Prickly pear is a genus consisting of about 200 species of cactus native to the western hemisphere. Prickly pear produces broad flat leaves with sharp spines and flowers that turn into a bulbous-shaped fruit, which can be eaten or used to make confections. Some health benefits have been attributed to extracts of various parts of the prickly pear cactus.
Prickly pear seeds and oil contain considerable nutritional value, according to a study published in the March 2011 issue of the "International Journal of Food Science and Nutrition." Prickly pear seeds are a good source of several minerals, including calcium, with 470 milligrams per kilogram, potassium, with 533 milligrams per kilogram, magnesium with 117 milligrams per kilogram and phosphorus with 1,627 milligrams per kilogram. The fatty acids in prickly pear seed include 61 percent linoleic acid -- an essential fatty acid and 25 percent oleic acid, which tolerates high heat and is particularly useful for cooking. Its high content of linoleic acid makes prickly pear seed a potentially useful nutraceutical food.
Polysaccharide compounds in prickly pear cactus have blood sugar-lowering effects, according to a study published in the February 2011 issue of the journal "Phytomedicine." In the study on laboratory animals, three weeks of supplementation with prickly pear polysaccharide extract significantly decreased food consumption, fasting blood sugar levels, total cholesterol, triglycerides and oxidized lipids. Prickly pear increased levels of glycogen -- a storage form of glucose -- in the liver and high density lipoproteinm, HDL, the good form of cholesterol. Antioxidant levels also increased. The researchers concluded that prickly pear provides blood sugar-lowering effects by protecting the liver from oxidation and improving insulin sensitivity.
Two different extracts of prickly pear improved glucose tolerance, in a study published in the January 2011 issue of the "Journal of Ethnopharmacology." Both extracts contained a recently discovered compound in prickly pear. In the laboratory animal study, consumption of the prickly pear extracts before a glucose tolerance test prevented blood sugar levels from rising above acceptable levels. The researchers concluded that prickly pear may help control blood sugar by the release of glucose from the liver, particularly while fasting.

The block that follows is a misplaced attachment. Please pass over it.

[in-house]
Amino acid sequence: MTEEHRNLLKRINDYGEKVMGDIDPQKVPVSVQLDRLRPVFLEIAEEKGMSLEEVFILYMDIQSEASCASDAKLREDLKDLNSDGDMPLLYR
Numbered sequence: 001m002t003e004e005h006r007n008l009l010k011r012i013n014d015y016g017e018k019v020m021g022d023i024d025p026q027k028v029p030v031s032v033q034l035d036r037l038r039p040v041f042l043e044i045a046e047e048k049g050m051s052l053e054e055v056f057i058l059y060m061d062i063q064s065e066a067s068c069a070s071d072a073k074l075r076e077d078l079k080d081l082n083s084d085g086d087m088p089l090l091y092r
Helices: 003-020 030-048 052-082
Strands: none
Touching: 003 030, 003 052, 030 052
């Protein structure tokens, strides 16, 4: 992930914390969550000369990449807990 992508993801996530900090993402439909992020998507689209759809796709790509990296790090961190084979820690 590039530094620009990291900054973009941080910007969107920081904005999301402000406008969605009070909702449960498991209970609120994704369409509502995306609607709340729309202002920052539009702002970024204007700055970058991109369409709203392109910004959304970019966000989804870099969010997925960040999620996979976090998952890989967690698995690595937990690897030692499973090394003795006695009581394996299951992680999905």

Anti-clotting may be a benefit of prickly pear cactus, according to a study published in the July 2003 issue of the journal "Prostaglandings, Leukotrienes and Essential Fatty Acids." In the study, participants with elevated cholesterol consumed 250 grams of prickly pear and showed reductions in clot promoting compounds and improved platelet sensitivity. Platelet count and other parameters of blood clotting were not affected in the study. The researchers concluded that prickly pear exerts its benefits, in part, by decreasing platelet activity to inhibit clotting.
- "International Journal of Food Science Nutrition"; Nutritive Value and Chemical Composition of Prickly Pear Seeds (Opuntia Ficus Indica L.) Growing in Turkey; Ozcan MM, et al.; March 2011
- "Phytomedicine"; Antidiabetic Effect of a Newly Identified Component of Opuntia Dillenii Polysaccharides.; Zhao Ly, et al.; February 2011
- "Journal of Ethnopharmacology"; Antihyperglycemic Effect of Opuntia Streptacantha Lem; Andrade Cetto A, et al.; January 2011
- "Prostaglandins Leukotrienes and Essential Fatty Acids"; Daily Prickly Pear Consumption Improves Platelet Function; Wolfram R, et al.; July 2003
- flowering prickly pear cactus image by Kathy Burns from Fotolia.com
This article reflects the views of the writer and does not necessarily reflect the views of Jillian Michaels or JillianMichaels.com.